Welsh Tract

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European colonization
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The Welsh Tract, also called the Welsh Barony, was a portion of the U.S. state of Pennsylvania settled largely by Welsh-speaking Quakers. It covers 40,000 acres (160 km²) to the west of Philadelphia. The original settlers, led by John Roberts, negotiated with William Penn in 1684 to constitute the Tract as a separate county whose local government would use the Welsh language, since many of the settlers spoke no English. Notwithstanding this agreement, by the 1690s the land had already been partitioned into different counties, despite appeals from the Welsh settlers, and the Tract never gained self-government. A more successful attempt at setting up a Gwladfa (Welsh-speaking colony) occurred two centuries later, in the Chubut Province of Patagonia, Argentina.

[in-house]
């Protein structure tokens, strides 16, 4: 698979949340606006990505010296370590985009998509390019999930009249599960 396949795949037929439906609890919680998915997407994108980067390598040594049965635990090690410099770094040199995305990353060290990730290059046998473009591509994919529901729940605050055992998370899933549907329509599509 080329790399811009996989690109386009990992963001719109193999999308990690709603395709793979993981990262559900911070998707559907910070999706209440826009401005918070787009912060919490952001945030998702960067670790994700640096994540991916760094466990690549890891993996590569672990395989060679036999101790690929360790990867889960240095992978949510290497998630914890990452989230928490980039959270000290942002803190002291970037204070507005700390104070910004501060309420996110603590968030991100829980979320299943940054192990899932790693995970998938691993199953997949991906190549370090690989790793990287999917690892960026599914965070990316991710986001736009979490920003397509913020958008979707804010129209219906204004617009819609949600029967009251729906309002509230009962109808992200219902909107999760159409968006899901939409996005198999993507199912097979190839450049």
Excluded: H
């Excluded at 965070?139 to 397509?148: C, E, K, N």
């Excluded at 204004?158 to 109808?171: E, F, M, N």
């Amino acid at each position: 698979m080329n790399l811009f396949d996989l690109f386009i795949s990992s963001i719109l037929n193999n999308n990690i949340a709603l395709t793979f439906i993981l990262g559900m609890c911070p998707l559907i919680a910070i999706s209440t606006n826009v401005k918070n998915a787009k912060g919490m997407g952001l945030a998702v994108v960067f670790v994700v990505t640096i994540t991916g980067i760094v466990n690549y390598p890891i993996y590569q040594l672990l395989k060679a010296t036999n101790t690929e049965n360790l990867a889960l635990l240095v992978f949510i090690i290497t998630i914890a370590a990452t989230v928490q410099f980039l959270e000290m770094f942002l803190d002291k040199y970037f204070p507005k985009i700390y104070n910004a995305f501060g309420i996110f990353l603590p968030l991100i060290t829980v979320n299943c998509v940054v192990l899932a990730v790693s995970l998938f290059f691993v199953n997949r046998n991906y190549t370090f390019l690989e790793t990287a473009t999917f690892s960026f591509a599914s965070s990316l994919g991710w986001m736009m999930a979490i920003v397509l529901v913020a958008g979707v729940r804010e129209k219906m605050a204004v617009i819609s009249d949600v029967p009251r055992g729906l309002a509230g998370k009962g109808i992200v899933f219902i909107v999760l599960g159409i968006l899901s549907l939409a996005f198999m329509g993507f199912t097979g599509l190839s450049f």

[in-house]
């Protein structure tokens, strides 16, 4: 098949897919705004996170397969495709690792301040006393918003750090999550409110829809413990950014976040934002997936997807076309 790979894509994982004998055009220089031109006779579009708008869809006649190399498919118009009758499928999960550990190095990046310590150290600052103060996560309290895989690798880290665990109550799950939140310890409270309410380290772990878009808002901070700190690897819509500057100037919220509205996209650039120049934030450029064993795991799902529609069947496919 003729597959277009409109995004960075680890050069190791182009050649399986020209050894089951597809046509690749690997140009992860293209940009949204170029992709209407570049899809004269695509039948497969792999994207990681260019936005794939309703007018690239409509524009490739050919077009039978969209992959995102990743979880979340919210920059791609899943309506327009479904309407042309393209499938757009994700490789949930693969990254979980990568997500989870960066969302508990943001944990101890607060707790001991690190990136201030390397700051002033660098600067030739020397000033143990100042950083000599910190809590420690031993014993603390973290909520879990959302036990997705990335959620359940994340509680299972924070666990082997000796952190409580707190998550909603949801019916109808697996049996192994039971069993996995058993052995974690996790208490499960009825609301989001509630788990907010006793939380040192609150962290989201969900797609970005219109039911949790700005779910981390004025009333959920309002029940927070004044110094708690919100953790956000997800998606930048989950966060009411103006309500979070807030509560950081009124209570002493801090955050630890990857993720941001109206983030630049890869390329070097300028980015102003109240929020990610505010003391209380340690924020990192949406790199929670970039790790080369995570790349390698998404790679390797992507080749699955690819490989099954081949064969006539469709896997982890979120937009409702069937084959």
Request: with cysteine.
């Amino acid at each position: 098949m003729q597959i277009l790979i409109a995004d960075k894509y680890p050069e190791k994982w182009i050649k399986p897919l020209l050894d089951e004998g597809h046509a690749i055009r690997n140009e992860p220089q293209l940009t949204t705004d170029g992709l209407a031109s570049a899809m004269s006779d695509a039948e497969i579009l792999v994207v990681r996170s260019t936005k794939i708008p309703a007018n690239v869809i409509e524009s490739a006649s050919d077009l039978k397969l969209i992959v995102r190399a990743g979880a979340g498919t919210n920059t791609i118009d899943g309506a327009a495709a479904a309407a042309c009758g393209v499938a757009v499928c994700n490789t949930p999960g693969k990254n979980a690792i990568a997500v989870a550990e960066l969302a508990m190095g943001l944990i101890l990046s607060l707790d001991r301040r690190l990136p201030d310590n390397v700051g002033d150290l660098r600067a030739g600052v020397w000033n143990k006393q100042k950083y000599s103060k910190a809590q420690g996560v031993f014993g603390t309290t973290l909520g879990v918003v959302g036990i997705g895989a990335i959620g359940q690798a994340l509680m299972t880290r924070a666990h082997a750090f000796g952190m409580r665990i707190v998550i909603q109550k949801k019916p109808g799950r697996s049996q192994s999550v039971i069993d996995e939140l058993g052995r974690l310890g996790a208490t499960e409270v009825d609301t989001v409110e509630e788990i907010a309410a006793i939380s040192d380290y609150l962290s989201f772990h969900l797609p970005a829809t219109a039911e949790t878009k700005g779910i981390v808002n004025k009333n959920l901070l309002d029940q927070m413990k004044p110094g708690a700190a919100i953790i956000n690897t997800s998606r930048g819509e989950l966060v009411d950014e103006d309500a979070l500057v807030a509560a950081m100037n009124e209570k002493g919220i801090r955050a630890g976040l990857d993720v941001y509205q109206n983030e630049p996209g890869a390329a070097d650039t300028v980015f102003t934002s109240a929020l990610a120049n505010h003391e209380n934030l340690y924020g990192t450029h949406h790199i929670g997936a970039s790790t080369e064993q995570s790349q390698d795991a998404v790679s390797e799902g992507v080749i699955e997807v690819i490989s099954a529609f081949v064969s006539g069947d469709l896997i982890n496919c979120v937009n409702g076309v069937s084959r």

The Roberts and other Welsh families became influential in the area, through the building of mills and the eventual introduction of the railroad. It is the railroad that gives the best-known part of the area its current name — the Main Line, referring to the main track of the now-defunct Pennsylvania Railroad. After the American Civil War, 104 Welsh families from this region migrated to Knoxville, Tennessee, establishing a strong Welsh presence there.


The area is now part of Montgomery, Chester, and Delaware counties. Many towns in the area still bear Welsh names. Some, such as North Wales, Lower Merion, Upper Merion, Bala Cynwyd, Radnor and Haverford Township, are named after places in Wales. Others, such as Tredyffrin or Uwchlan, have independent Welsh names.

Some communities in the area that formerly comprised the Welsh Tract were subsequently given Welsh names. Among these were Gladwyne, formerly "Merion Square" (which was given its new name in 1891 in order to imitate the stylish Welsh names of adjoining towns, although the name is meaningless in Welsh), and Bryn Mawr, formerly "Humphreysville" (which was renamed in 1869).

A second "Welsh Tract" of 30,000 acres (120 km2) was granted to Welsh by William Penn in 1701. It included what is now Pencader Hundred, Delaware, and a part of Cecil County, Maryland.

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